This is a very, very cool use of YouTube and Flash technology. In the middle of a "PSA" for the plight of dolphins caught in fishing nets, the reaches out of the video window and grabs one of the mean comments. It turns out the video is for cyberbullying. Very cool.
Of course, you can tel the whole page is "flashed" but if you aren't initially looking for it, the technique works quite well.
OK so yea, a car company has to do crazy things at a show to get attention and attract people to their booth. But this dance routine performed last month at the LA Auto Show is a disaster. The music is awful. The lyrics are corny. And the dance routine looks like it was choreographed by a kindergarten teacher.
This is how you promote a new car? Maybe GM should go out of business just for horrifying us with this stuff. At least the person responsible for this disaster has been "reassigned" according to AutoBlog.
Ever wonder makes a great website? Well, Aquent, with help from Barbarian Group, thinks it has the answer. As you roll over particular elements of the site, The Internet Online Website provides tips on the importance of each element and hos you can use the tips to improve youur own website.
As Ryan mcMaus write on the Barbarian Blog, "InternetOnlineWebsite.com is a website ABOUT websites. It's been specially formulated to educate, enlighten, and delight those who are looking to add to their online presence and marketing initiatives."
We like. Simple. Informative. Helpful. Instructional.
Adding to the growing collection of create-a-hottie promotions, this work from Firebelly for the months old movie Surrogates creates a custom hottie for you after you answer a few questions. Called Surrogate, the site also lets you share your creation on Facebook or send it off to a friend.
We're happy with our creation, Jessica, who likes strawberries and who, apparently, made off with all the breast molding material.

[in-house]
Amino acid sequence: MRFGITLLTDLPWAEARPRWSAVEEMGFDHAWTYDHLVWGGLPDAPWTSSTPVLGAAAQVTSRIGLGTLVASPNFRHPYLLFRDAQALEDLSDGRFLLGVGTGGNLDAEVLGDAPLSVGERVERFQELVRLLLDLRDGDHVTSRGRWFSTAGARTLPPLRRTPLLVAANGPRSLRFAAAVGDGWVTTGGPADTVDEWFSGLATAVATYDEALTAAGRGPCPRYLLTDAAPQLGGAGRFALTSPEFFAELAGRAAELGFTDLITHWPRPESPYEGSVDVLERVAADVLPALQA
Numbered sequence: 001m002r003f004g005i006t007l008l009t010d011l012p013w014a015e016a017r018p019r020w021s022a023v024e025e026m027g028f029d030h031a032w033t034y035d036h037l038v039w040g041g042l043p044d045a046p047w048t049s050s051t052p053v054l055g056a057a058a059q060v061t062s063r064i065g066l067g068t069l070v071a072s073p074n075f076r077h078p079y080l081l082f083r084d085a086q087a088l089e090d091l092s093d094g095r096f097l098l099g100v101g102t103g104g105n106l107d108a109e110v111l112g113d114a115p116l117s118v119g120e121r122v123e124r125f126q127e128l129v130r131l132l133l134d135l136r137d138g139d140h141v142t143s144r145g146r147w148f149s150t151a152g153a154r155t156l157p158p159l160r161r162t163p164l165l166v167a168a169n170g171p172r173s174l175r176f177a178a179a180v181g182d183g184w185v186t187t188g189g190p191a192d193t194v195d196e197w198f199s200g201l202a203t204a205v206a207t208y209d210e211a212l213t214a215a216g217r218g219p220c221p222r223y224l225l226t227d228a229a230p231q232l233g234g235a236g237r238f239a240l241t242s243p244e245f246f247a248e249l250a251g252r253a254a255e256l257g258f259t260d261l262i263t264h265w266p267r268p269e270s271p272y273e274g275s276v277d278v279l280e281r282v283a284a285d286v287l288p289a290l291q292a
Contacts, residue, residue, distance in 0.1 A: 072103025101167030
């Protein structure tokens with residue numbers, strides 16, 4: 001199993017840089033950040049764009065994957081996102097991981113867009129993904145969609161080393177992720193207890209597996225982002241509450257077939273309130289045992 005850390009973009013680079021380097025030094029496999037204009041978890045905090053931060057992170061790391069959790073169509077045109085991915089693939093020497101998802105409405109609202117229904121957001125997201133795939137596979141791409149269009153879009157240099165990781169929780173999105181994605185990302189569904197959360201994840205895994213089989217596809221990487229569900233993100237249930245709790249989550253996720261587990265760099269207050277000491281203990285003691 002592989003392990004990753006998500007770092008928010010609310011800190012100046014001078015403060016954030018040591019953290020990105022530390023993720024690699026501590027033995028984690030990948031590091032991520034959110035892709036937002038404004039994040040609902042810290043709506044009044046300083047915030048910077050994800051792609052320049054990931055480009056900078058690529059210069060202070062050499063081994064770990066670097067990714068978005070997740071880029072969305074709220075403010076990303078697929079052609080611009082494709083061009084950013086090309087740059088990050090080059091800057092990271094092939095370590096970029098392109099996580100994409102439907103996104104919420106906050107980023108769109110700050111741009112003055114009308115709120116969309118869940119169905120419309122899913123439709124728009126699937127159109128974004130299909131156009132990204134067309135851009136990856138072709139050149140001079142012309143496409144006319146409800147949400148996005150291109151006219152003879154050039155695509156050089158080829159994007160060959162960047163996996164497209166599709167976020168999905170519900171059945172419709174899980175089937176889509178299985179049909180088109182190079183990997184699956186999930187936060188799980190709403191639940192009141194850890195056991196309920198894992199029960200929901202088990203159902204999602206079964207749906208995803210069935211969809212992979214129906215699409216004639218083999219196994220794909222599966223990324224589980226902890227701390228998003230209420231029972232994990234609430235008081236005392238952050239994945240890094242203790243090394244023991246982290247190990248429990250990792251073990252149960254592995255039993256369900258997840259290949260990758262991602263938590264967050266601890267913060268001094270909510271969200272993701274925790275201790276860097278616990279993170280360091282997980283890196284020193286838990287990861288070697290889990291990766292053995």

Kind of a boring ad but if you're into Brett Favre, you might like it. It's from Y&R Chicago and it's for Sears and is pushing TV set sales. It features the football star in a Sears television showroom bantering with a salesman. A little joke is made and that's it. Nothing special. But, as we approach playoff weekend and the Super Bowl, it kinda resonates. More ads will follow this weekend.
Leading up to the game in Miami, consumers can visit Sears Football to vote for their favorite Brett Favre TV ads and enter to win a gift card as part of the TV MatchMaker sweepstakes.
God help us. If you hate political advertising as much as we do, you might want to consider relocating to Mars. Or, if you're not partial to space travel, the North Pole where we hear not too many media outlets call home.
Yesterday, the Supreme Court overturned federal legislation which limits the amount of money corporations can spend to support or oppose a candidate. The decision also made unconstitutional a hefty portion of the McCain-Feingold campaign finance reform act.
You've been warned. You may hate watching more political ads but you might also make a lot more money creating crappy ads pimping candidates and hyping issues. Of course, more ads featuring Paris Hilton or Obama Girl might not be such a bad thing.
In Spain, certain dieting and beauty ads may be banned from advertising before 10PM. A new law states, "Broadcasters cannot carry advertisements for things that encourage the cult of the body and have a negative impact on self-image - such as slimming products, surgical procedures and beauty treatments - which are based on ideas of social rejection as a result of one's physical image or that success is dependent on factors such as weight or looks."
No word on banning ads that make you fat like, oh, say, McDonald's and Burger King.